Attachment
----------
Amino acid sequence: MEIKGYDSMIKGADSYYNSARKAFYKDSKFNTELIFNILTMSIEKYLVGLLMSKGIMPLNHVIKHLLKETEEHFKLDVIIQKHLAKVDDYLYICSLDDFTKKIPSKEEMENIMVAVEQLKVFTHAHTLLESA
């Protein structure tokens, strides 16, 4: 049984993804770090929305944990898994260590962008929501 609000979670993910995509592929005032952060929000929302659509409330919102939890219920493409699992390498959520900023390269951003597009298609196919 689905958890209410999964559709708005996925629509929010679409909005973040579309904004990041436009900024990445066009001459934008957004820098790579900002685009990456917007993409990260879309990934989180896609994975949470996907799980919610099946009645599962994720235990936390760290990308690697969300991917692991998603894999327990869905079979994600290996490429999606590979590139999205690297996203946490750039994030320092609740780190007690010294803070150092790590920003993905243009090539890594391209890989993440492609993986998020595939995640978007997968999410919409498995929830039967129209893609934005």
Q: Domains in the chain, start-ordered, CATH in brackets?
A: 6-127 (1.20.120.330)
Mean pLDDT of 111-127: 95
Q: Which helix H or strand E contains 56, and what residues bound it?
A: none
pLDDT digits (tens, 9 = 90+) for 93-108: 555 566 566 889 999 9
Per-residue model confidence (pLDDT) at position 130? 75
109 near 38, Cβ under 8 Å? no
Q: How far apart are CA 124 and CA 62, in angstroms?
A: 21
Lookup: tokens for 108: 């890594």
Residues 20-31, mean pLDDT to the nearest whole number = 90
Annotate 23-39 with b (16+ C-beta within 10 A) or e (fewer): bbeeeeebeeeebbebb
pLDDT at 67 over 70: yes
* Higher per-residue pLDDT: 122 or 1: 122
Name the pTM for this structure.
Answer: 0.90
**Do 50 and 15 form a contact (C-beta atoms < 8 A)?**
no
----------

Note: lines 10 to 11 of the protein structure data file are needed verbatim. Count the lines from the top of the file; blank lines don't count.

109 near 38, Cβ under 8 Å? no
Q: How far apart are CA 124 and CA 62, in angstroms?